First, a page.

What Olympians Do For Their Day Jobs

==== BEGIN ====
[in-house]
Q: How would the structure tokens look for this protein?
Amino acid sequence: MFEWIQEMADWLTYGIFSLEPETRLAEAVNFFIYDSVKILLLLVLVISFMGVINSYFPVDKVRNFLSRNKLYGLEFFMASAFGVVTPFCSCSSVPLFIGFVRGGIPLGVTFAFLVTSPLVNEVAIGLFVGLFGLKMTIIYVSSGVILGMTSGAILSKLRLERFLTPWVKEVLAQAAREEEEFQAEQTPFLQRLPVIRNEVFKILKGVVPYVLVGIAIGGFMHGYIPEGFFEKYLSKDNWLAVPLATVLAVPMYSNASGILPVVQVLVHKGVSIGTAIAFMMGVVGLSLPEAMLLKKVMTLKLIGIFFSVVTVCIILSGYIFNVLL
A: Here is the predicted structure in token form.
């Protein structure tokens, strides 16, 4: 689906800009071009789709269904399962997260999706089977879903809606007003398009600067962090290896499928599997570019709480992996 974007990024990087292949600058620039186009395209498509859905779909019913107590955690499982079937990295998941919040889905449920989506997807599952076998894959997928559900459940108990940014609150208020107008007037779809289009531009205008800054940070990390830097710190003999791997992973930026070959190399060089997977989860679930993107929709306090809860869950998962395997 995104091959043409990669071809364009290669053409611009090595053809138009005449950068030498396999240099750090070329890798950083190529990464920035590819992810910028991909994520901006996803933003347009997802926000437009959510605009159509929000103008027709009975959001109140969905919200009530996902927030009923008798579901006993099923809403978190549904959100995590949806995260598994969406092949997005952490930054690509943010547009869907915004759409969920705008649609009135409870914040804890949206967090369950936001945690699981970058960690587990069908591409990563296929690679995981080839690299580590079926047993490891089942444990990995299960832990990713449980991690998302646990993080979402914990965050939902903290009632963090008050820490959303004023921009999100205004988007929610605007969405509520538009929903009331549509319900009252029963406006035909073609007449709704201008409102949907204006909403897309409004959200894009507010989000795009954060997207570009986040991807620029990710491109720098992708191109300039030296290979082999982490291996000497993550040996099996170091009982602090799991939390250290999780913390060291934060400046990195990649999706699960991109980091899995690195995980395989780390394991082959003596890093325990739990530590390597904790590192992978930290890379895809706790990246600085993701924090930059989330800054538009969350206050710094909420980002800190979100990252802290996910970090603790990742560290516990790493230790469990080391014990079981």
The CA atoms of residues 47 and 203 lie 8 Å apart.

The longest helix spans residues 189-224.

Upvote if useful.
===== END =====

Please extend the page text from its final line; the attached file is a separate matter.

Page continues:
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You'd think being an Olympic-caliber athlete is a full-time job, but that's not the case for most Olympians. With the Olympics wrapping up, here's what your favorite athletes will return home to do. ----------------Transcript------------------ Before we get started, remember US athletes do not get paid to compete in the Olympics. They receive a medal bonus, which maxes out at $37,500 for a gold medal, and can earn money through sponsorships or other benefits, but those latter avenues are not something all athletes can achieve. 1. Hilary Knight plays hockey at the Olympic level and also for her day job. Knight is one of the most accomplished women's hockey players in US history. The four-time Olympian ranks second all-time in Olympic points (26) for Team USA and plays in the PWHPA (Professional Women's Hockey Players Association) when she's not at the Olympics. The league, which has been around since 2019, consists of 125 athletes working together to build a sustainable league that will showcase their talent. 2. If you thought flying down a mountain on skis wearing a helmet and some Lycra sounded hard, try making everyone's favorite food. Ryan Cochran-Siegle won a silver in Beijing, and now he'll return to his family's maple syrup farm in Vermont. But the syrup isn't the only thing that runs in the family. Ryan's mom, Barbara Ann Cochran, took home a gold medal for the women's slalom for Team USA in 1972. 3. They're a force on the ice, but curling vice skips American Nina Roth and Brit Vicky Wright have spent two years battling another enemy, COVID. During the pandemic, the two served as hospital nurses while training for their dream of Olympic gold. 4. Tabitha Peterson had her priorities straight, first pharmacy school and then the Olympics. The pharmacist and curling team member graduated pharmacy school in 2015 and headed to her first Olympic Games in 2018. Peterson said she likes her career because she can work more hours in the summer and less in the winter to focus on curling. 5. A program that serves those who represent the US in more than one way is the World Class Athlete Program. The US Army's program allows top-ranked Soldier-athletes to perform at the international level while also serving their nation in the military. They train with the Olympics and Paralympics in their sights. Look for athletes like Army Sgt. Emily Sweeney (women's luge), Specialist Jasper Good (Nordic Combined), Army Specialist Frank Del Duca (two-person bobsled) and Specialist Benjamin Loomis (Nordic Combined) are all members of the program.

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